I’ve wanted to do a follow up to my original ComboBox post for a while now. I answered a number of the questions throughout the comments, but I thought I’d gather all the answers up and add some nice code samples. Hope this helps.

How do I use a ComboBox in a DataForm?

For most of the scenarios where you’ll be using a ComboBox in a DataForm a static data source will be sufficient. In our case, let’s assume we’re pulling a list of options from the server. We’ll add a method to our DomainService to get these items.

  public IEnumerable<string> GetCountryStrings()
  {
    return new[] { "UK", "USA" };
  }

Our next step is to create a data source to call the method. We can add the following snippet to our Silverlight page.

  <navigation:Page.Resources>
    <web:EmployeeDomainContext x:Key="employeeDomainContext"/>
    <ex:ComboBoxDataSource x:Key="countryDataSource"
DomainContext="{StaticResource employeeDomainContext}"
OperationName="GetCountryStrings" /> </navigation:Page.Resources>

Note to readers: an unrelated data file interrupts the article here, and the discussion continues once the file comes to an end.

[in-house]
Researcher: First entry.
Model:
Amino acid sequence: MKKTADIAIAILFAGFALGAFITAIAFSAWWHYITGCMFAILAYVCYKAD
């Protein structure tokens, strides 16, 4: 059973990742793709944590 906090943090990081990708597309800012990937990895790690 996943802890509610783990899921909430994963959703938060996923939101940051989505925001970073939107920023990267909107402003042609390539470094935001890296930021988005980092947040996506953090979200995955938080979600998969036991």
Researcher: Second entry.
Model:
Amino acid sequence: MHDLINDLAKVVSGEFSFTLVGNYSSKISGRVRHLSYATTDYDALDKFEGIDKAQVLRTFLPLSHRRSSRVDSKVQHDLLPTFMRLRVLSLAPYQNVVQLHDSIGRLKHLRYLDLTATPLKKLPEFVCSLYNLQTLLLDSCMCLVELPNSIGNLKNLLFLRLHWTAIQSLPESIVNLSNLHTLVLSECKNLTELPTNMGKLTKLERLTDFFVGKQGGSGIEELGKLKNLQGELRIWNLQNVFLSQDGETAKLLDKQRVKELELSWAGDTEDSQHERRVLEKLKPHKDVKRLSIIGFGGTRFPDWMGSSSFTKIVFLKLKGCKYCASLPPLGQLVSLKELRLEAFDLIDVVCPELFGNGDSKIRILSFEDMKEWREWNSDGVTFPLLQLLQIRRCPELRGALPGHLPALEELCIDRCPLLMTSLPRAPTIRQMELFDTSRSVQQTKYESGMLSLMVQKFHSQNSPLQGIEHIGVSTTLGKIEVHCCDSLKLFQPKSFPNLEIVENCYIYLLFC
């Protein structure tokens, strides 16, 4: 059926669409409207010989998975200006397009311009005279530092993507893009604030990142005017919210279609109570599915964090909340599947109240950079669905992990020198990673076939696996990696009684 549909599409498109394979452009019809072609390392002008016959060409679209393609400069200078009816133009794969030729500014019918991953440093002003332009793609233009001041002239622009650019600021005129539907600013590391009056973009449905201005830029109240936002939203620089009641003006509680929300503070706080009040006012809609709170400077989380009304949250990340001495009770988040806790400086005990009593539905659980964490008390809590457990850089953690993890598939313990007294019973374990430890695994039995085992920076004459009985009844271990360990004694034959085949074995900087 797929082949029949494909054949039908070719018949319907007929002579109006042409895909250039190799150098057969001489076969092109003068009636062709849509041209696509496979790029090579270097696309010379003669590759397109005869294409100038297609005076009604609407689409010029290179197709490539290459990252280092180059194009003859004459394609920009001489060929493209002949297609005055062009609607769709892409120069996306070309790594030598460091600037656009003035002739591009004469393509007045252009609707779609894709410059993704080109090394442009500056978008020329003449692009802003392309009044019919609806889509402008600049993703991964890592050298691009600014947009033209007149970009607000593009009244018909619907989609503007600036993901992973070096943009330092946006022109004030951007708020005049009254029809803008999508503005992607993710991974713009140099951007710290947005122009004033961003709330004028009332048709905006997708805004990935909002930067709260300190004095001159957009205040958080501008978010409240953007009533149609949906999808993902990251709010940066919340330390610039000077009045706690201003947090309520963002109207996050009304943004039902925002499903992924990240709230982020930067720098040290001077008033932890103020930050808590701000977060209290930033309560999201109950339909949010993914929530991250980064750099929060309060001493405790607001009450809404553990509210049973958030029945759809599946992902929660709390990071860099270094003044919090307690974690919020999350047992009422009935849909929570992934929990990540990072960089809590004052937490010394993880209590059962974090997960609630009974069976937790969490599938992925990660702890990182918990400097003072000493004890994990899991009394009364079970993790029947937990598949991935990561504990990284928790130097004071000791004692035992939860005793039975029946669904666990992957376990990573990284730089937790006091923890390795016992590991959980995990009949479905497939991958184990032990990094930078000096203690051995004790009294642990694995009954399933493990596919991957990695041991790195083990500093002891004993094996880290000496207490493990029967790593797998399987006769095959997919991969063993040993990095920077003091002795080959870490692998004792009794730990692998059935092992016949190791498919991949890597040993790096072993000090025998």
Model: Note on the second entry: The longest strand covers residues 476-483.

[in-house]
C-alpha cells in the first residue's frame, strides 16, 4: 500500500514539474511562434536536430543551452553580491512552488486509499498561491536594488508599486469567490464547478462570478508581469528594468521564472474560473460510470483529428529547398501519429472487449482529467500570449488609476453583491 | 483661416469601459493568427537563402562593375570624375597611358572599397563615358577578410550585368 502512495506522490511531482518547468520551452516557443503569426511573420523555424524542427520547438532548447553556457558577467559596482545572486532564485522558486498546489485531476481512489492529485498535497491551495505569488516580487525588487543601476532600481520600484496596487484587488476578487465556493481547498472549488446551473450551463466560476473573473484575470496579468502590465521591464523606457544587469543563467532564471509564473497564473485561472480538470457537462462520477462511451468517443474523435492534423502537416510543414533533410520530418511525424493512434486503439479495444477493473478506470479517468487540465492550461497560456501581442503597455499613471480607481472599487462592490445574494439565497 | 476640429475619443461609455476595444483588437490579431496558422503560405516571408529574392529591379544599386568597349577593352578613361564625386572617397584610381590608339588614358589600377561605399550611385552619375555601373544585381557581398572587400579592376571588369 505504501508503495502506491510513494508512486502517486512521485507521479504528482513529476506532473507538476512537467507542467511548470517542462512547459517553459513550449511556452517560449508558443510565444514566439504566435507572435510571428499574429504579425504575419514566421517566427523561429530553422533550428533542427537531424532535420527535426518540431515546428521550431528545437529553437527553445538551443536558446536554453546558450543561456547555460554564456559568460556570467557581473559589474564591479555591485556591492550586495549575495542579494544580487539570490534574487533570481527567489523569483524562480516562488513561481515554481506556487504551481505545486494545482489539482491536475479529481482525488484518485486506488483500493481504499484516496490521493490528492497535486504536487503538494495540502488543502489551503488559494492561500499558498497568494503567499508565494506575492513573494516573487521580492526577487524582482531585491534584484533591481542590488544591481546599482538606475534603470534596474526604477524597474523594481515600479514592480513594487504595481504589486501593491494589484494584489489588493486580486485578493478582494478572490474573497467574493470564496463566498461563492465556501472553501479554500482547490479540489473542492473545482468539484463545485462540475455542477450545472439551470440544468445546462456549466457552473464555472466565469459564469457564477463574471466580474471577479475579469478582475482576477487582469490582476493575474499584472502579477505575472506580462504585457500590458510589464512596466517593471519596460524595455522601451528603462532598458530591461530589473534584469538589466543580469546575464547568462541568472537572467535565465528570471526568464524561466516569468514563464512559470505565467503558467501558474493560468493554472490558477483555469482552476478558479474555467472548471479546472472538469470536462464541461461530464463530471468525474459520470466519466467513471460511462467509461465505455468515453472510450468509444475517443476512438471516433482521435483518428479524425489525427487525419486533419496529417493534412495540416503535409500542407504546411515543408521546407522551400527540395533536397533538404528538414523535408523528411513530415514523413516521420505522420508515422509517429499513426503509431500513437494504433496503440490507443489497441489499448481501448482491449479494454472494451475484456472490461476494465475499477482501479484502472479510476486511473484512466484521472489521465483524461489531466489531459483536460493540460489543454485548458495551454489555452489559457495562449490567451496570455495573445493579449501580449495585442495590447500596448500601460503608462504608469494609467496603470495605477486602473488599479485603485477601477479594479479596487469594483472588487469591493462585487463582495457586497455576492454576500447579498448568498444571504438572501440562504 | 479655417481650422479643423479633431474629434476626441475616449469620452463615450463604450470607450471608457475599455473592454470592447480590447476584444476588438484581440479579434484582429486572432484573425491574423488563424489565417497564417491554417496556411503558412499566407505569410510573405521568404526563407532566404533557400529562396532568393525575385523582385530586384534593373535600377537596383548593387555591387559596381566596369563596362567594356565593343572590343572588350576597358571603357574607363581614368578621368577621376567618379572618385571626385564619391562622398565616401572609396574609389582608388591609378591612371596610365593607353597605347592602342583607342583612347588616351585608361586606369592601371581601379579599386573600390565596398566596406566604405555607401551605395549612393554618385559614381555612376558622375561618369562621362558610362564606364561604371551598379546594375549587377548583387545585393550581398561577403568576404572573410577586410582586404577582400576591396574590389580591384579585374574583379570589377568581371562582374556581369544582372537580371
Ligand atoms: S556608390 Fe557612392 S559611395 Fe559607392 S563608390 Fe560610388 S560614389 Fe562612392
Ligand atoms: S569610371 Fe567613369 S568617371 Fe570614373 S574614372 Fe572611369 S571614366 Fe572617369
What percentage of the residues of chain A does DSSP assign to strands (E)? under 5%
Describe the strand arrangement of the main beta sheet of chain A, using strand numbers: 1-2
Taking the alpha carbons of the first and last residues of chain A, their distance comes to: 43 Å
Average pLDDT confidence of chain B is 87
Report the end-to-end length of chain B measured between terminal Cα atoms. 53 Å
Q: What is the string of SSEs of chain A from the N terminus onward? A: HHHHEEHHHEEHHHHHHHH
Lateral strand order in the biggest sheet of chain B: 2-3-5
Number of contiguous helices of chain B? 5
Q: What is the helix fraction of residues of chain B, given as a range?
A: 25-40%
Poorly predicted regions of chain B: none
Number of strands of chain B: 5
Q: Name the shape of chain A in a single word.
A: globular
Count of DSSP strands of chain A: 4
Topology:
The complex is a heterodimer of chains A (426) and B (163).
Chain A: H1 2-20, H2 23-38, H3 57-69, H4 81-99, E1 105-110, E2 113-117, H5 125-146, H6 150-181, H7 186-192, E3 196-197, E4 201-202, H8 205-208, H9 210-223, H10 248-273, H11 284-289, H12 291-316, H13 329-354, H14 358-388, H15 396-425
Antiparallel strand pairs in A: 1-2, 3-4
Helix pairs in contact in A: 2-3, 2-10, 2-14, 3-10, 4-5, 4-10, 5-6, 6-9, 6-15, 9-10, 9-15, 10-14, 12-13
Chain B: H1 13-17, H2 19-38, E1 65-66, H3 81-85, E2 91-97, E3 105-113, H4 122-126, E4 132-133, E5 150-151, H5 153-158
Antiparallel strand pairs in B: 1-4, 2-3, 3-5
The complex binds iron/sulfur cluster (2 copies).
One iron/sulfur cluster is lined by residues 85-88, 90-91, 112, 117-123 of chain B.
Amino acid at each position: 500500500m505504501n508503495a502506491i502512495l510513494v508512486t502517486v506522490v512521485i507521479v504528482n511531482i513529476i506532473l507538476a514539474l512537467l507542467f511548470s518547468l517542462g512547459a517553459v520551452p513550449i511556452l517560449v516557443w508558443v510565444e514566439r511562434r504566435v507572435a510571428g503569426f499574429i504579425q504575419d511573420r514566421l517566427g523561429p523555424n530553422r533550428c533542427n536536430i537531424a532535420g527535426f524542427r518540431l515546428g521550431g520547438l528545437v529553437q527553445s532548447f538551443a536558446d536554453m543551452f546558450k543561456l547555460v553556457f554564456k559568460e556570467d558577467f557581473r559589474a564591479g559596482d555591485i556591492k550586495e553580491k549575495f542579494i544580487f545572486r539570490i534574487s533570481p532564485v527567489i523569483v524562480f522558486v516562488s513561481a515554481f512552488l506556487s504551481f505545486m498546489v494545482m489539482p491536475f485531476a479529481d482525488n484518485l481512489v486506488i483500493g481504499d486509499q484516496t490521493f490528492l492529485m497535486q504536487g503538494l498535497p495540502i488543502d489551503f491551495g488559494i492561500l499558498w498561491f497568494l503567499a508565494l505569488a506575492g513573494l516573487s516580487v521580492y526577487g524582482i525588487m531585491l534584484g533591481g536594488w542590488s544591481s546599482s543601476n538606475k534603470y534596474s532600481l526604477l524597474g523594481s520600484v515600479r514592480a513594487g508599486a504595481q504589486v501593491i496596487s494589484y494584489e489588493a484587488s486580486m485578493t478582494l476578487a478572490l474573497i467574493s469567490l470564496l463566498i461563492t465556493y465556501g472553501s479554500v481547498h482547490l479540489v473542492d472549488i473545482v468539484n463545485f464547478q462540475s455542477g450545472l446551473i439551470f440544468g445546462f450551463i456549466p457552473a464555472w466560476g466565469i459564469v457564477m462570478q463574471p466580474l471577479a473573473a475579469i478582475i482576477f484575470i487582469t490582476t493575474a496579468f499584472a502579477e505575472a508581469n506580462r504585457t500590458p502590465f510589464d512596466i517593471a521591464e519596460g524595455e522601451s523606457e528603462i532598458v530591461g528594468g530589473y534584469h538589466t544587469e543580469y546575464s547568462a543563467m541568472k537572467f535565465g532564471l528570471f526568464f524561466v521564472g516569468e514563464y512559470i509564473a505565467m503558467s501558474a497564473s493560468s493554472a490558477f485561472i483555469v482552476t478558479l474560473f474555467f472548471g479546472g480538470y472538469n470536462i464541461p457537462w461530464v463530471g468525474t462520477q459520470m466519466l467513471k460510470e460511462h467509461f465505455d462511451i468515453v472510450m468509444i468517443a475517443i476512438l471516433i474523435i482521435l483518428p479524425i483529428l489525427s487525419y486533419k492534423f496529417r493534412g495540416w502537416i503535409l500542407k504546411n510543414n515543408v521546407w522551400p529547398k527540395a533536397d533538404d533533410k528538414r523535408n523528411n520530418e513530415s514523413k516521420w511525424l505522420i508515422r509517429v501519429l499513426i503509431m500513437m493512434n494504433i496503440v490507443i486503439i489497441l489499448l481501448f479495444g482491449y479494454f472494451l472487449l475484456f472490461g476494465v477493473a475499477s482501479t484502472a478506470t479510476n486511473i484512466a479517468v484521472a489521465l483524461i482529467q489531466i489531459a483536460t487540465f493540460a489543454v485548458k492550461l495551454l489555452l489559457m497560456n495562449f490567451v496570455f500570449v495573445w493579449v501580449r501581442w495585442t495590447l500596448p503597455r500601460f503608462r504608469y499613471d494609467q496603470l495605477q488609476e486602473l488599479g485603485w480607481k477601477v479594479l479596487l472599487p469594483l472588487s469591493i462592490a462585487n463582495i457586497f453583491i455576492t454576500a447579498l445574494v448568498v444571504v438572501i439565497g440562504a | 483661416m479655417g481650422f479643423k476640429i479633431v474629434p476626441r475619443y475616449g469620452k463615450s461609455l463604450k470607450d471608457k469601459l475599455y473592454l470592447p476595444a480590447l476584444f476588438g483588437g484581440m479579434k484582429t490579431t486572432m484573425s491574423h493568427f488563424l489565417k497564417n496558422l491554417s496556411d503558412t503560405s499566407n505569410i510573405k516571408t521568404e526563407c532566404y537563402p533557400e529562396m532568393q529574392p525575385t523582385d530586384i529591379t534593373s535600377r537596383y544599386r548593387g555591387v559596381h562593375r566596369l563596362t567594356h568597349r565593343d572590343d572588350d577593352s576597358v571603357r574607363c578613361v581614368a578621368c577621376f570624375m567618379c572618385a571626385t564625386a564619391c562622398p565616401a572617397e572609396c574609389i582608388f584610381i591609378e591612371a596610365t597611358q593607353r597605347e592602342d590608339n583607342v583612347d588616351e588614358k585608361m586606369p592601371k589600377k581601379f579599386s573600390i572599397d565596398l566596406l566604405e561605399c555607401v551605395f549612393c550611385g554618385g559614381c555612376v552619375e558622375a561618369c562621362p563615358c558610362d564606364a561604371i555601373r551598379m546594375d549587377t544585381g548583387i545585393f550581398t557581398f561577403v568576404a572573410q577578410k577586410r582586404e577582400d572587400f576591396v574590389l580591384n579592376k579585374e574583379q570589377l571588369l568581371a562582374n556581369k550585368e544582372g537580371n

It’s worth noting that we’ve made both the DomainContext and ComboBoxDataSource resources. This will allow us to share the DomainContext with the data source we use to load our data. Specifically, when we add a DomainDataSource that loads the entities, we’ll make sure that is uses the DomainContext declared in the resources.

  <dds:DomainDataSource AutoLoad="True"
Name="employeeDomainDataSource"
DomainContext="{StaticResource employeeDomainContext}"
QueryName="GetEmployeesQuery" />

The final step in using a ComboBox within a DataForm is to hook everything together within a DataField.

  <toolkit:DataForm AutoGenerateFields="False"
ItemsSource="{Binding ElementName=employeeDomainDataSource, Path=Data}"